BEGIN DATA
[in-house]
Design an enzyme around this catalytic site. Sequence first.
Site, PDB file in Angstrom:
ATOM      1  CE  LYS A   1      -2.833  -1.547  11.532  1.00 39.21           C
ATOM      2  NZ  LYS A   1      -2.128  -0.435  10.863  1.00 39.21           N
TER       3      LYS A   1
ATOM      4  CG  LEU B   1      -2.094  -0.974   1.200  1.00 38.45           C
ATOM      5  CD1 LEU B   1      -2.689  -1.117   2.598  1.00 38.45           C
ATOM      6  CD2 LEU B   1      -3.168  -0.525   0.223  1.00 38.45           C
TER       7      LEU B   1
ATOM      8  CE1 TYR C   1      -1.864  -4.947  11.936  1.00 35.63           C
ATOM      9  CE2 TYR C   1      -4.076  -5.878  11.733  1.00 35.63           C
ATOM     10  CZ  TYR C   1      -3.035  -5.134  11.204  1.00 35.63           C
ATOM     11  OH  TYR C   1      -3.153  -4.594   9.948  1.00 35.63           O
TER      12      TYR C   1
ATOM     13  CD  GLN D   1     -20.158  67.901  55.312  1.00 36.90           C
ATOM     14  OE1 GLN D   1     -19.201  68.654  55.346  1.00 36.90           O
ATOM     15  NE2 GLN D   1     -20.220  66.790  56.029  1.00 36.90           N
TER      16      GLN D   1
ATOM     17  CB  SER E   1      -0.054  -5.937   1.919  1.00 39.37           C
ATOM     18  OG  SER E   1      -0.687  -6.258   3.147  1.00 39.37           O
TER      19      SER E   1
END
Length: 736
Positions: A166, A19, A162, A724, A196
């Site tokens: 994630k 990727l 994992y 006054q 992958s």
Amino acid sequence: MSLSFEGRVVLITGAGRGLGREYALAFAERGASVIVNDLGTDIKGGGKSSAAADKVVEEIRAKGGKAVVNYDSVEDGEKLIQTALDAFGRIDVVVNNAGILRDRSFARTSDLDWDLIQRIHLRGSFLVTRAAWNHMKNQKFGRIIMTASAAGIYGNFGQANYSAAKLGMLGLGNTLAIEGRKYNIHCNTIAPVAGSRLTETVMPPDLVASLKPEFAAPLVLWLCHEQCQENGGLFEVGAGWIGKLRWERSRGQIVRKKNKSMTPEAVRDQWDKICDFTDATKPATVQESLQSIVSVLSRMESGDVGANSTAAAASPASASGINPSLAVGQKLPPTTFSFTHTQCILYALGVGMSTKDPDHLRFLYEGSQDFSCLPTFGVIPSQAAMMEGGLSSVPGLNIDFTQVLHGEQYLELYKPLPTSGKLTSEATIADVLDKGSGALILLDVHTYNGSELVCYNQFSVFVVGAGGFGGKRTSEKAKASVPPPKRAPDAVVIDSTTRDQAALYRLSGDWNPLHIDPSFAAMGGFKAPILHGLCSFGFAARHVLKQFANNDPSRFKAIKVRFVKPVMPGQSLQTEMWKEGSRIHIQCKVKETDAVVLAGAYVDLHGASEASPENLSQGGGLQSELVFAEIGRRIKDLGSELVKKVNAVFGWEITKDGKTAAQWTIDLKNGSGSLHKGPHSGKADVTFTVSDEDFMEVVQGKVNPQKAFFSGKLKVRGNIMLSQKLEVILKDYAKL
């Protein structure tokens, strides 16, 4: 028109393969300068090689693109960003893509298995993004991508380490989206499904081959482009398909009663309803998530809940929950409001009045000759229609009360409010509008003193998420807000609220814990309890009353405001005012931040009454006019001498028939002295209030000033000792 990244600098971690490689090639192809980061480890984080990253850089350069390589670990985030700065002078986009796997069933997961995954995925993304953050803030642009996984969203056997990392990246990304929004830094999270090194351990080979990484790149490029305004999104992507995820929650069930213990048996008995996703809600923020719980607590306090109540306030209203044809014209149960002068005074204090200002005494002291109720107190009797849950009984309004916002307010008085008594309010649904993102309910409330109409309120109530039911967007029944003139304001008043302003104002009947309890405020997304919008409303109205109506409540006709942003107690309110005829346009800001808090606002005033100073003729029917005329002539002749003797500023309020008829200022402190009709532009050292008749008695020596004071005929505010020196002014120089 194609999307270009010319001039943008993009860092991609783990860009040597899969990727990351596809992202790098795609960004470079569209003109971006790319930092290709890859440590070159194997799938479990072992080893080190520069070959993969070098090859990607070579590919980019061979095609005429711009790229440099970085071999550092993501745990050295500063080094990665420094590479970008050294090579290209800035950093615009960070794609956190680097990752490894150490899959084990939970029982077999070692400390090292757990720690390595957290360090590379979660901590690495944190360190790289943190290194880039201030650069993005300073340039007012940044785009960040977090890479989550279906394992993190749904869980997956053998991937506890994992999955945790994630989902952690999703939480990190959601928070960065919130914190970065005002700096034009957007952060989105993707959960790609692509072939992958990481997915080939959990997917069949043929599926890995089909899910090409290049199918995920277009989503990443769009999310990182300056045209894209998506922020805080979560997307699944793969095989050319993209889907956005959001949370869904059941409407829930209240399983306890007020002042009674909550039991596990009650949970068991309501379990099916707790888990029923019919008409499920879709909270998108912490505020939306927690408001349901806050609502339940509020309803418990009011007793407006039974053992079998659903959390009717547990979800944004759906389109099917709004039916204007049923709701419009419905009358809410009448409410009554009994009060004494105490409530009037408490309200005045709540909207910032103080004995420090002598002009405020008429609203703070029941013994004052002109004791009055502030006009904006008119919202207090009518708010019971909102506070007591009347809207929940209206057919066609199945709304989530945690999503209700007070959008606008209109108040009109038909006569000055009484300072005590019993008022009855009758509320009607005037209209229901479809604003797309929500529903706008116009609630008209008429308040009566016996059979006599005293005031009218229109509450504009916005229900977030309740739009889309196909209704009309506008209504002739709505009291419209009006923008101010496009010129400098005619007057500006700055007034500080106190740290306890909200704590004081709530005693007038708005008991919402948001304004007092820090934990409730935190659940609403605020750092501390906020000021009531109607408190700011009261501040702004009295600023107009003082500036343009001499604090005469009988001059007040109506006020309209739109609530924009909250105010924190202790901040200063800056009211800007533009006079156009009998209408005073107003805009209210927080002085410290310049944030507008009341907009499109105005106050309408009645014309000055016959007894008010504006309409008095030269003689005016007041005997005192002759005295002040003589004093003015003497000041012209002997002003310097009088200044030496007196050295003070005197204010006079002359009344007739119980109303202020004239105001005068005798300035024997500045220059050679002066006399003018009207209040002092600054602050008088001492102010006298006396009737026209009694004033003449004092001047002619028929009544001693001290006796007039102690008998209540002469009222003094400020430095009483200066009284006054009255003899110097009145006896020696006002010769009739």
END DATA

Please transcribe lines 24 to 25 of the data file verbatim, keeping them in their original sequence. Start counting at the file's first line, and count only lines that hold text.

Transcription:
Length: 736
Positions: A166, A19, A162, A724, A196